Pakistan Accuses India of Plotting Against Deal With China
by Ayaz Gul April 12, 2016
Pakistan's military chief on Tuesday accused India's intelligence agency of planning subversive activities against his country's recently launched multi-billion-dollar economic cooperation agreement with China.
"I must highlight that India, our immediate neighbor, has openly challenged this development initiative," army chief General Raheel Sharif told a conference in the port city of Gwadar.
The newly built port in southwestern Baluchistan province is central to the so-called China-Pakistan Economic Corridor, or CPEC, which is a package of railroads, highways, pipelines and power plants estimated to cost $46 billion.
Sharif said "hostile intelligence agencies" are averse to this grand project, but that Pakistan is determined to protect and develop the CPEC, connecting western China to the Arabian Sea.
"I would like to make a special reference to Indian Intelligence Agency RAW [Research and Analysis Wing] that is blatantly involved in destabilizing Pakistan," the general asserted.
History of suspicion
Pakistan has long accused India of training and funding separatist militants waging a low-level insurgency in Baluchistan.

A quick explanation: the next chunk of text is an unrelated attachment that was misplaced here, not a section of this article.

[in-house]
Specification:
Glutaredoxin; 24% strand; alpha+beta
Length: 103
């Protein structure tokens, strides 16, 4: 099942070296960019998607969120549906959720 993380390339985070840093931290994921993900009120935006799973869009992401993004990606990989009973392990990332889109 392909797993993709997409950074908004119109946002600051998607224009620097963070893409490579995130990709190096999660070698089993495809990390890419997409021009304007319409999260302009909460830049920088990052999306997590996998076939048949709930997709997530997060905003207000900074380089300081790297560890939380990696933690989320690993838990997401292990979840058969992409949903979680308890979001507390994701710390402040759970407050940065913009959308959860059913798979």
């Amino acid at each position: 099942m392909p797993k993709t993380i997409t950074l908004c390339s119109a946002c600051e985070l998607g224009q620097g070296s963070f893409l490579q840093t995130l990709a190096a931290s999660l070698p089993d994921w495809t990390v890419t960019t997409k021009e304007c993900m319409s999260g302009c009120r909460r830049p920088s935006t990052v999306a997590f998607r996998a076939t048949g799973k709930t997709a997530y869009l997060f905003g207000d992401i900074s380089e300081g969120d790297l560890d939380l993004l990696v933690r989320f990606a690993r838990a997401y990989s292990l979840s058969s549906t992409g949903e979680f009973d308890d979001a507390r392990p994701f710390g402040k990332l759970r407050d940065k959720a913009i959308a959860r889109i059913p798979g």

Last month, Pakistani authorities announced they captured a suspected Indian spy in Baluchistan, identified as Kulbhushan Jadhav. The military also aired video footage of Jadhav saying he was working out of his base in Chabahar in neighboring Iran.
New Delhi has confirmed that Jadhav is a former Indian navy officer, but denied he has anything to do with RAW, saying he had taken early retirement from the military. It also rejected the video confession of Jadhav as induced by torture.
India says it has sought consular access to its detained national, but Pakistan has not yet responded.
Sharif described CPEC as a corridor of peace and prosperity, not only for the people of Pakistan and China, but also for the region and beyond.
"Therefore, it is important for all to leave behind confrontation, and focus on cooperation," he added.
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